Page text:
Remembering Andargachew Tsige & his likes on the International Day of the Disappeared

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Andargachew Tsige

August 30, 2014

The International Day of the Disappeared, also known as the International Day of the Victims of Enforced Disappearances, draws attention to the fate of individuals abducted or detained by agents of the state (or those acting with support of the state), and held in locations concealed from their relatives and legal representatives. In short it is created to draw attention to the fate of individuals imprisoned at places and under poor conditions unknown to their relatives and/or legal representatives.

In 2006, the United Nations adopted the International Convention for the Protection of All Persons from Enforced Disappearance (ICCPED).  As of 2012, the UN Working Group on Enforced or Involuntary Disappearances estimates that at least 42,889 people worldwide have been forcibly disappeared with fates unknown. Activist groups worldwide continue to urge states to ratify ICCPED (as of August 2013, only 40 have done so) and call for truth and justice for victims past and present.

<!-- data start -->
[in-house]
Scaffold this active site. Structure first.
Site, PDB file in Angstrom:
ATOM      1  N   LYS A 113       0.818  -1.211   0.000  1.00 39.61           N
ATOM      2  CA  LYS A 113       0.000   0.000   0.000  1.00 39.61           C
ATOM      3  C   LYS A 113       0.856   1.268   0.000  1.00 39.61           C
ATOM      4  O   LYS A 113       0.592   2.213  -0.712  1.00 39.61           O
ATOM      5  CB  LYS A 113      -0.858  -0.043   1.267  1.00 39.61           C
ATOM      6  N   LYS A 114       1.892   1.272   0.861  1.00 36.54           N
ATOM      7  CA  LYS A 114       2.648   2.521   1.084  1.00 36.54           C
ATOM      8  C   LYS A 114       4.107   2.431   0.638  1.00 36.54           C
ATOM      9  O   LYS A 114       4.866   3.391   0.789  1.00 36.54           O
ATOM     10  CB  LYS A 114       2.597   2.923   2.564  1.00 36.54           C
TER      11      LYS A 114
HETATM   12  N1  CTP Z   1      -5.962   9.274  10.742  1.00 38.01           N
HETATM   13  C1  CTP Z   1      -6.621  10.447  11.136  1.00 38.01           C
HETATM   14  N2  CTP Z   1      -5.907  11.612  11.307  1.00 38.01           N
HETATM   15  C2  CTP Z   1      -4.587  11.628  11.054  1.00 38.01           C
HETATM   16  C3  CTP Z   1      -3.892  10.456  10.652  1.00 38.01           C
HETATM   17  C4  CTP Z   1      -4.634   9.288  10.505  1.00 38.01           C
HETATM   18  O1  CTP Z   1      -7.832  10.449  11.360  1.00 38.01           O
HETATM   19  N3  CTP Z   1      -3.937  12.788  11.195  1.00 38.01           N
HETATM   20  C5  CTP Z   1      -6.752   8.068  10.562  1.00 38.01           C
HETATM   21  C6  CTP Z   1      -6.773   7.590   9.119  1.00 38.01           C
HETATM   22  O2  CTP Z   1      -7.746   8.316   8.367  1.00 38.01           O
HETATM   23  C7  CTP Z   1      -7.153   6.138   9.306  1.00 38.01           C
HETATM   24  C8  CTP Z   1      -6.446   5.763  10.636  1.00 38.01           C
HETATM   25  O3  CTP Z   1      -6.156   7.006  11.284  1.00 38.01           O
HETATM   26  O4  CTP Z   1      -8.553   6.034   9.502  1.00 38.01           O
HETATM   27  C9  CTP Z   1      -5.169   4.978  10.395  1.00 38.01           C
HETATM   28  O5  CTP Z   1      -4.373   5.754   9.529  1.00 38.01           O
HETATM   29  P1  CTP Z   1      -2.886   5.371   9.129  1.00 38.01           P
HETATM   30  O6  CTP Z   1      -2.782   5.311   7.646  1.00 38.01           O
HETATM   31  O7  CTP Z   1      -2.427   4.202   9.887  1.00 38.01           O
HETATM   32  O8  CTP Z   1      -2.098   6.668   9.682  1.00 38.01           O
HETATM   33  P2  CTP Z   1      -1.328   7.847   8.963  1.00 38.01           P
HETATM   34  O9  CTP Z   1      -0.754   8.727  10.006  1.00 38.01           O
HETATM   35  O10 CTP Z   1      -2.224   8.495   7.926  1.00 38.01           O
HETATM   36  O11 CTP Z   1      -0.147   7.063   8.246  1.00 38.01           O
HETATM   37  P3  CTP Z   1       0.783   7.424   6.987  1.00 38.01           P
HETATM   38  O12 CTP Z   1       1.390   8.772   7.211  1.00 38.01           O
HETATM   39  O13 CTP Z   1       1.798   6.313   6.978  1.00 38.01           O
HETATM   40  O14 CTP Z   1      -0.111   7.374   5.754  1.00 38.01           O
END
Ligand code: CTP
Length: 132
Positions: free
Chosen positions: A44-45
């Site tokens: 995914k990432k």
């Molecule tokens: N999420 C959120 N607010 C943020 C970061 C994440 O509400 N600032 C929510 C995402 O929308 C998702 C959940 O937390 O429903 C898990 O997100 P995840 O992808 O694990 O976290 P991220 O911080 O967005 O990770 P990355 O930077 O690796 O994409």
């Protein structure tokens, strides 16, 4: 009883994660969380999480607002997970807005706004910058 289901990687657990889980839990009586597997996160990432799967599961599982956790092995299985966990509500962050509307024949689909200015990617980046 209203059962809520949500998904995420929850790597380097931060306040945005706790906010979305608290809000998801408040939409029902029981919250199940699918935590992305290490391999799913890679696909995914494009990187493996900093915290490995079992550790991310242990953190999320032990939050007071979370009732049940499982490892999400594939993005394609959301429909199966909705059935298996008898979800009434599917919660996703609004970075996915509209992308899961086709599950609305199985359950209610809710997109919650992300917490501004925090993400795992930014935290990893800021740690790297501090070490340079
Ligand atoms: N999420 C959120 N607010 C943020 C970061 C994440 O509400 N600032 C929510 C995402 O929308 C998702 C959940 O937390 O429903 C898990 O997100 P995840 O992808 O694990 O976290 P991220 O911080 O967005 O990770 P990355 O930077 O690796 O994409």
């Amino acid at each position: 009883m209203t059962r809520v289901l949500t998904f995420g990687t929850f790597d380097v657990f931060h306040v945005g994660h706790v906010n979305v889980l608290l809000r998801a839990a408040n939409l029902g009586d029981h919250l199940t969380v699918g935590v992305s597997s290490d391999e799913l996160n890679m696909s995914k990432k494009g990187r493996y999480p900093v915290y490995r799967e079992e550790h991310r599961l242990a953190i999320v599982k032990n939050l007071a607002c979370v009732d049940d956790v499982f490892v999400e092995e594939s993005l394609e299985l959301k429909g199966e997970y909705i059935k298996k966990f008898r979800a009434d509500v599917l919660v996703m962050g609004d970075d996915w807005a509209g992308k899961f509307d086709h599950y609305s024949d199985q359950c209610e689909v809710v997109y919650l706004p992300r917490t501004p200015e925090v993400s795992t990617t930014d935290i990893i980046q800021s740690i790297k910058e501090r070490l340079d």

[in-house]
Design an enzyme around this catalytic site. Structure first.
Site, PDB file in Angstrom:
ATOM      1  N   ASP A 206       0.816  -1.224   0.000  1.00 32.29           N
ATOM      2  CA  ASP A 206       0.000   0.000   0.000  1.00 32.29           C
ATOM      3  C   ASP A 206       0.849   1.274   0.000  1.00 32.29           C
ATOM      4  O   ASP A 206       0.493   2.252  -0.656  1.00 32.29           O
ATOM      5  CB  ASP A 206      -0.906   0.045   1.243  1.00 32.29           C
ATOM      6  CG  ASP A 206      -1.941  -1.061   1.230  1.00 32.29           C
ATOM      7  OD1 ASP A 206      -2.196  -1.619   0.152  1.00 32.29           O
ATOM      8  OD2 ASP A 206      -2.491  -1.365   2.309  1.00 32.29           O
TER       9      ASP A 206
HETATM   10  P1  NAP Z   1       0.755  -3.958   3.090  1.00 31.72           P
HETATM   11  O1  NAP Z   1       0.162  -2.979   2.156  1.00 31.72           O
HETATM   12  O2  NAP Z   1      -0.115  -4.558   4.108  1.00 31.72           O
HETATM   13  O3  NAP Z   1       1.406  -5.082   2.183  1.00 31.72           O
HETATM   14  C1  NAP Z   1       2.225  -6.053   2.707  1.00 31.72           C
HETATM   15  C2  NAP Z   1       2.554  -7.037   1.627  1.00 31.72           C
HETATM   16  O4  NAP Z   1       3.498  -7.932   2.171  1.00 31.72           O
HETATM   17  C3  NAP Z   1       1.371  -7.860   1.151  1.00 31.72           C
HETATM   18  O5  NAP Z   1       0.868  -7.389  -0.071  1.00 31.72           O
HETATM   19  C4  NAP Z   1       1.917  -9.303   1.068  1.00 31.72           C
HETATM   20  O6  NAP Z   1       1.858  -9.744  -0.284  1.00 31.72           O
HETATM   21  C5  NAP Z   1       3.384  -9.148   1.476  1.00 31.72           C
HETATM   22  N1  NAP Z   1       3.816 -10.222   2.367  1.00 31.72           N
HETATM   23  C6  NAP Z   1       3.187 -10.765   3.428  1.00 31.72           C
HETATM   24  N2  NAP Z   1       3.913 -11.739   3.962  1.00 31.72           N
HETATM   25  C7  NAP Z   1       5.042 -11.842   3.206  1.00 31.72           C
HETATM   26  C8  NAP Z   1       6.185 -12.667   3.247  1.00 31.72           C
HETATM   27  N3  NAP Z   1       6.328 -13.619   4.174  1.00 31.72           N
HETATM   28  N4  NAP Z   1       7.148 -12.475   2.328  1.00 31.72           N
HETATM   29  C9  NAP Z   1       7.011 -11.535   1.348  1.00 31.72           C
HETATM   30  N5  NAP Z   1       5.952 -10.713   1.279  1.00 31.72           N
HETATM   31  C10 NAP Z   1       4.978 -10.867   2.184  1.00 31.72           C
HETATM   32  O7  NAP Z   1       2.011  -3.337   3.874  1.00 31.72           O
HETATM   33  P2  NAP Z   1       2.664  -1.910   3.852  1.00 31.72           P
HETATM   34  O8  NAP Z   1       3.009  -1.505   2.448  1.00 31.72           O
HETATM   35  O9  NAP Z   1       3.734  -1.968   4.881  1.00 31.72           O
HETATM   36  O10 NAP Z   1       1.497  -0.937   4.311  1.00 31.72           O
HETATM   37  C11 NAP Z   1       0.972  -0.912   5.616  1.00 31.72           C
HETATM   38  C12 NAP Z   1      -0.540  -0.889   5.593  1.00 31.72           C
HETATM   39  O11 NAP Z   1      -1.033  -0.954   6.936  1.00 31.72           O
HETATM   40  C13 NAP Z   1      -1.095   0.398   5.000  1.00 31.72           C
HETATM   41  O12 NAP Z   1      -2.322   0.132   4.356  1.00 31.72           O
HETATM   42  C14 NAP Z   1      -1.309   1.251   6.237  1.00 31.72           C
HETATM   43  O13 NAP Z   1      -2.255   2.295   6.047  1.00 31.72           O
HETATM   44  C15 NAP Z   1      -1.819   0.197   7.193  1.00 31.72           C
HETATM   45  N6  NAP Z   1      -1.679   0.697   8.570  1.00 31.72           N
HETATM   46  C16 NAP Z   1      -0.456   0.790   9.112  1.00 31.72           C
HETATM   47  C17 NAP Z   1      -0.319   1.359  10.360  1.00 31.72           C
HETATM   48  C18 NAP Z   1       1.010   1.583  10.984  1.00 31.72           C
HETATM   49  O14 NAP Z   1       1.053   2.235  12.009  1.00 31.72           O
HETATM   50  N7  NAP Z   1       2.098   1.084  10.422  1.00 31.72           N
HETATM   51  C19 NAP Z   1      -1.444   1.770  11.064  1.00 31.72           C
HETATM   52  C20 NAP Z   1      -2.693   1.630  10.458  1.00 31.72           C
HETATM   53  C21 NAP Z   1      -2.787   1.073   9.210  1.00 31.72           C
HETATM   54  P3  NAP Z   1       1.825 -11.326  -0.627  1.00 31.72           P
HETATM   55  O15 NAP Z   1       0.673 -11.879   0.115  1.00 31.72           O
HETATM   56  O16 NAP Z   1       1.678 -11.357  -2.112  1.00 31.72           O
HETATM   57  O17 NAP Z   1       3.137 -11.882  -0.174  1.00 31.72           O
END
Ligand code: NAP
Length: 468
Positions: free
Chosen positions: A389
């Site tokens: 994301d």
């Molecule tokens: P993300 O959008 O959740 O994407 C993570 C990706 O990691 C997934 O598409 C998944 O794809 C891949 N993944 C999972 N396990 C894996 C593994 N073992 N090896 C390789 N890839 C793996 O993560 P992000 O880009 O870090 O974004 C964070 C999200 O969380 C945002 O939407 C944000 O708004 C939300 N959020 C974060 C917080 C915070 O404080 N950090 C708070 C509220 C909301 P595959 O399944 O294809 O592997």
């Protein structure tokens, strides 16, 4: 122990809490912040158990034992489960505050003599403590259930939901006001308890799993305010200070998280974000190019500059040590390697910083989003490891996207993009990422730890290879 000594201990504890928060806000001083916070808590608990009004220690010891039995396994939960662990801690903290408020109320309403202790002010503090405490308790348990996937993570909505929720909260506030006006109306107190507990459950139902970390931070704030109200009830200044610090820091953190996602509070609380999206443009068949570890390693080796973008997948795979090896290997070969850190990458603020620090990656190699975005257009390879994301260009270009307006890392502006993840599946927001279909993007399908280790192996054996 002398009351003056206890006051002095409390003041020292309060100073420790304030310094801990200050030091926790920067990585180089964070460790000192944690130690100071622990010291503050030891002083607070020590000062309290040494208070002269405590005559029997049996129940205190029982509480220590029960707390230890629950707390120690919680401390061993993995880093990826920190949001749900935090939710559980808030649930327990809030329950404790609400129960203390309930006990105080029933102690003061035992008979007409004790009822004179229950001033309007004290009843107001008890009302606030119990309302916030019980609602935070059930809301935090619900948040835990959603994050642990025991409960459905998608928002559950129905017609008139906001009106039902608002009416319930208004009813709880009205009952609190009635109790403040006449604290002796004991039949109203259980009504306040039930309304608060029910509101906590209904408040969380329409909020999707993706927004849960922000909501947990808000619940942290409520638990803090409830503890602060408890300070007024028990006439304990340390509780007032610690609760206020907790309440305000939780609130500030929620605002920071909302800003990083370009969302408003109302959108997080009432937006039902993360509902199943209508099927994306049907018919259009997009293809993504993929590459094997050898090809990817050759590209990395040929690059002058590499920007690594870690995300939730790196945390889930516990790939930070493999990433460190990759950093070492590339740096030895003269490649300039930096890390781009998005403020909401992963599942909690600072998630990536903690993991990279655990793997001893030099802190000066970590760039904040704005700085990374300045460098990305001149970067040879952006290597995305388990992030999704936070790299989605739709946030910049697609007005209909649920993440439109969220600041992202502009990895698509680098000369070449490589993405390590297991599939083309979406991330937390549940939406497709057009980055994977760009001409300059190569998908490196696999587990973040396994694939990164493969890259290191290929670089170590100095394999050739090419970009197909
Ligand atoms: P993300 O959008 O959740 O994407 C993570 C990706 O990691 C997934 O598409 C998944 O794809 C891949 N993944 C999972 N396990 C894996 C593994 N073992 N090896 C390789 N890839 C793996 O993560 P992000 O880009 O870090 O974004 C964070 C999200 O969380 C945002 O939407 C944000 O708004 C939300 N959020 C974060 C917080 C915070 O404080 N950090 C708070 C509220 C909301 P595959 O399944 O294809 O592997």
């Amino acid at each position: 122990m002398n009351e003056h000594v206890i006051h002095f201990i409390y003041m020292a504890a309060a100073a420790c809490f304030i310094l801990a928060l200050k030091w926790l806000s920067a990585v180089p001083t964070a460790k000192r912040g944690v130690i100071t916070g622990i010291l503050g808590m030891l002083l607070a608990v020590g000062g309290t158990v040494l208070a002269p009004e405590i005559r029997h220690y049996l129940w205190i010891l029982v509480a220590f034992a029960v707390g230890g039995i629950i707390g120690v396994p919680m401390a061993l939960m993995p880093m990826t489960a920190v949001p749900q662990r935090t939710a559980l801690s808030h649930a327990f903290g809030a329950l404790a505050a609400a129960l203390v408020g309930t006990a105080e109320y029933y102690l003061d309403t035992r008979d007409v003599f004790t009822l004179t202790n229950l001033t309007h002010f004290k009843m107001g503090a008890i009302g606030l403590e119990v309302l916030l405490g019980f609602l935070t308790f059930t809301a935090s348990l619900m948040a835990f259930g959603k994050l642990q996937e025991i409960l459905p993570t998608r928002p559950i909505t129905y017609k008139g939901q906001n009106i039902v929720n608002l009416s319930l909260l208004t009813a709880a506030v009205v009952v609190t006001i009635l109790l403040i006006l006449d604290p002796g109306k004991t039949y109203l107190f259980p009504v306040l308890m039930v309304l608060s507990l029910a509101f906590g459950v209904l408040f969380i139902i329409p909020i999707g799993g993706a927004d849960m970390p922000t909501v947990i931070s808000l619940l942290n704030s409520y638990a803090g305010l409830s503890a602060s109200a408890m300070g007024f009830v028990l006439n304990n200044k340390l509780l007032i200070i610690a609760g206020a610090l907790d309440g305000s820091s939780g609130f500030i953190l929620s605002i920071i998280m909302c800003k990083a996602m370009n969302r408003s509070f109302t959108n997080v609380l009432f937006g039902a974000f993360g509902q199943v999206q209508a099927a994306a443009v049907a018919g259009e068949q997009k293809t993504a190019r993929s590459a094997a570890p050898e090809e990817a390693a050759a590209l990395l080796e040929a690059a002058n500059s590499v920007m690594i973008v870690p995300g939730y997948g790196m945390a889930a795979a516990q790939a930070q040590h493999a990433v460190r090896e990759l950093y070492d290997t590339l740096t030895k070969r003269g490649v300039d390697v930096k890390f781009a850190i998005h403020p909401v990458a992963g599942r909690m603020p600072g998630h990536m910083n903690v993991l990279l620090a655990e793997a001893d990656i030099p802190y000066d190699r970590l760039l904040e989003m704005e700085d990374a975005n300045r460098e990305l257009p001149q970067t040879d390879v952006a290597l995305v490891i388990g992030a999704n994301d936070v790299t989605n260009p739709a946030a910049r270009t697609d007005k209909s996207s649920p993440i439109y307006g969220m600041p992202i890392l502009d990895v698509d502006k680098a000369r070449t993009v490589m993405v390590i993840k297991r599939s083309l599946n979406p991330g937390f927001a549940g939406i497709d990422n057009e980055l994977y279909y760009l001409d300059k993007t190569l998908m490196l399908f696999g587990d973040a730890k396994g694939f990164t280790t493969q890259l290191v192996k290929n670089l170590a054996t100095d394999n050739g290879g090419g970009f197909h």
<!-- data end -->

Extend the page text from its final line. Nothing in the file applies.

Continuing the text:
Andargachew Tsige, an Ethiopian- British political activist and the Secretary General of the Ginbot 7 Movement, who was abducted and forcibly sent to Ethiopia on June 23, 2014, is one of the perfect examples of such activists that should be remember on this Day. Neither his families nor the international community knows where Andargachew is being held or if he is dead or alive. He has been concealed from his relatives and legal representatives. Just like Andargachew, there are many named and little reported activists and falsely persecuted Ethiopian activists in private and state owned gulags held by government securities.

The little that we can do is just remember these disappeared activists on the “International Day of the Disappeared”.

More information collected from: Amnesty International, the United Nations

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